The apparent trend of design patents outperforming utility patents on obtaining general exclusion orders (GEO) in ITC Section 337 investigations not only continued in 2022—it intensified. We previously reported that a survey of Section 337 investigations that terminated in 2015 through 2021 shows the rate of getting a GEO issued for investigations involving design patents is more than four times greater than those asserting just utility patents. Including Section 337 investigations that terminated in 2022, the rate of getting a GEO issued for investigations involving design patents grew to seven times greater than those asserting just utility patents.1
Design patents also appear to outperform utility patents on obtaining limited exclusion orders (LEOs) and cease and desist orders (CDOs) in Section 337 investigations. A survey of Section 337 investigations that terminated in 2015 or later show that about 35% of Section 337 investigations involving design patents obtained a LEO, compared to 18% for Section 337 investigations asserting just utility patents.2 For CDOs, 46% of Section 337 investigations involving design patents obtained a CDO, compared to 16% for Section 337 investigations asserting just utility patents.3
While neither remedy is as sweeping in scope as a GEO, which bans the importation of all infringing products into the U.S. regardless of source, a CDO and a LEO can be useful enforcement tools to prevent a named respondent in a Section 337 investigation from continuing to sell infringing products already in the U.S. (in the case of a CDO), and importing infringing products into the U.S. (in the case of a LEO).
Notably, 70% of Section 337 investigations that terminated in 2015 or later and asserting at least one design patent obtained a GEO, CDO, or LEO. And more often than not, the reason that most investigations asserting at least one design patent did not obtain any one of those remedies was because the patent holder and respondents reached a settlement agreement or the patent holder withdrew the complaint before the ITC issued a final determination—not the merits of the case.
Artificial Eyelash Extension Systems, Products, and Components Thereof (Inv. No. 337-TA-1226), which terminated in 2022, is noteworthy because it is one of two investigations asserting at least one design patent that resulted in a final determination issuing no GEO, LEO, or CDO based on the merits. There, the ITC Chief Administrative Law Judge (ALJ) determined that the asserted design patents D877,416 and D867,664 are valid, and that they are infringed by the accused Hollyren storage cartridge and Hollyren applicator. Compare representative images of the patented designs and accused designs below.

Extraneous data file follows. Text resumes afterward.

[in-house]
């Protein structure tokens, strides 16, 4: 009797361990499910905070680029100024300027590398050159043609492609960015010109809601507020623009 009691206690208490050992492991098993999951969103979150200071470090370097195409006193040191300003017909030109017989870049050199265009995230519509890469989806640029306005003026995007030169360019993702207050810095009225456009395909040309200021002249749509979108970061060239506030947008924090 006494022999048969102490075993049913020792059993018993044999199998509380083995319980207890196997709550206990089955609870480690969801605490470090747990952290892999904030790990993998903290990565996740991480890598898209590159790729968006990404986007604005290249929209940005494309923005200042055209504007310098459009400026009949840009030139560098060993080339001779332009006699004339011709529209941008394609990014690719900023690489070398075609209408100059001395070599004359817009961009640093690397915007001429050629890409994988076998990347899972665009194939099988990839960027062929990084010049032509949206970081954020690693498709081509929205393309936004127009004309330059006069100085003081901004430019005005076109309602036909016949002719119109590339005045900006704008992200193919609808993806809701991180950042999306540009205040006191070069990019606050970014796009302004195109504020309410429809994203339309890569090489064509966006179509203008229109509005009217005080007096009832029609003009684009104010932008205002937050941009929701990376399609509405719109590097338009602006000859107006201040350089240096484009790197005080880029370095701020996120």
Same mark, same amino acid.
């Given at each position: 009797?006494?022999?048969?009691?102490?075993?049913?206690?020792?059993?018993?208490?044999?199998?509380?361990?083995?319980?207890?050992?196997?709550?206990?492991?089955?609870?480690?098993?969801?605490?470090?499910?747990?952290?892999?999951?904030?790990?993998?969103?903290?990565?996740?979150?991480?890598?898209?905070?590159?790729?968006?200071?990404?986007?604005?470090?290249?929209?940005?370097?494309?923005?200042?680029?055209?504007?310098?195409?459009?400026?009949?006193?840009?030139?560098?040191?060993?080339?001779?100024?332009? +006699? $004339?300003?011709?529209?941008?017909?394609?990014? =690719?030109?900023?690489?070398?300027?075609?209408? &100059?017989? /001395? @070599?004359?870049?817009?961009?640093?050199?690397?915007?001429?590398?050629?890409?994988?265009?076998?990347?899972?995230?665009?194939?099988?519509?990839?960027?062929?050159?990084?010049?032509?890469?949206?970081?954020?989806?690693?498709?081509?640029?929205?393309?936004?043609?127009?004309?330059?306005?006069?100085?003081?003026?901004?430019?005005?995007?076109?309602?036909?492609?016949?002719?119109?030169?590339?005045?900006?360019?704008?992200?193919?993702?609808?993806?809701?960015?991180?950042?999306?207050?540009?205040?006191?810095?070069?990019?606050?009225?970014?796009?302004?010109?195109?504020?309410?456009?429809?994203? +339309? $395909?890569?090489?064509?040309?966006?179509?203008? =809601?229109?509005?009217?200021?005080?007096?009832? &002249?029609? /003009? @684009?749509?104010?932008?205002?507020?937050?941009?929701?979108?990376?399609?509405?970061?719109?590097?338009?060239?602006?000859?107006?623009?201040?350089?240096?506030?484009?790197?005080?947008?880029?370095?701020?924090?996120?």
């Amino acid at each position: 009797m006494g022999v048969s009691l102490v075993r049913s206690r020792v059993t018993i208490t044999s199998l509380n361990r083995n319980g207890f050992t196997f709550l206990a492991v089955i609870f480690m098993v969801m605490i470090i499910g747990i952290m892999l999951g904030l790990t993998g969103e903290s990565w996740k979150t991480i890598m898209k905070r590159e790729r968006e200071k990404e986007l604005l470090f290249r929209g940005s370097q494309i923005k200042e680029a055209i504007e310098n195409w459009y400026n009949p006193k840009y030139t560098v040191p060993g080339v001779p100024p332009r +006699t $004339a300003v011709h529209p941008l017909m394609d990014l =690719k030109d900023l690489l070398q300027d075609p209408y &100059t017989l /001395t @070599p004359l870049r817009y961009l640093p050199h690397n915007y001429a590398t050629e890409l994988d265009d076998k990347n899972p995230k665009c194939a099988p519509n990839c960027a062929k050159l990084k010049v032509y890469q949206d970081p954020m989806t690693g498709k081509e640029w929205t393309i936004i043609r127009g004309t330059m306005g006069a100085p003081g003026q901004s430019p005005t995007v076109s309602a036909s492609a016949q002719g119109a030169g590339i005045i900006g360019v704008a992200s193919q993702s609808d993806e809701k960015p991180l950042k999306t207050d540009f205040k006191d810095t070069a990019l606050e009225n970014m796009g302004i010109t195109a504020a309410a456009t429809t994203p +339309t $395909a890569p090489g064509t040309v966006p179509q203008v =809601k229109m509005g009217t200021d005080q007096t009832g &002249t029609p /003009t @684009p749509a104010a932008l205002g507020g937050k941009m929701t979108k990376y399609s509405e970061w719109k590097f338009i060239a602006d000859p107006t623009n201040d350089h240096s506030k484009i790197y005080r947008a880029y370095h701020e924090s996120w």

However, the ALJ concluded that no violation of Section 337 occurred, and therefore the patent holder Lashify, Inc. could not be granted any relief, because it did not establish that it satisfied the economic prong of the domestic industry requirement of Section 337 investigations.
The economic prong requires that a patent holder’s (or its subcontractors’ and/or licensees’) economic activity in the U.S. satisfies at least one of the activities outlined under subsections 337(a)(3)(A), (B), and (C):
A. significant investment in plant and equipment;
B. significant employment of labor or capital; or
C. substantial investment in its exploitation, including engineering, research and development, or licensing.
A design patent holder should therefore consider whether it can satisfy this requirement unique to Section 337 investigations when deciding whether to enforce in the ITC or district court.
1. 46% of Section 337 investigations involving design patents obtained a GEO, while only 6.4% of Section 337 investigations asserting just utility patents obtained a GEO.
2. Of the 26 investigations asserting at least one design patent, 9 obtained a LEO. In comparison, of the 328 investigations asserting just utility patents, 58 obtained a LEO.
3. Of the 26 investigations asserting at least one design patent, 12 obtained a CDO. In comparison, of the 328 investigations asserting just utility patents, 54 obtained a LEO.
This article appeared in the 2022 Design Patents Year in Review: Analysis and Trends report.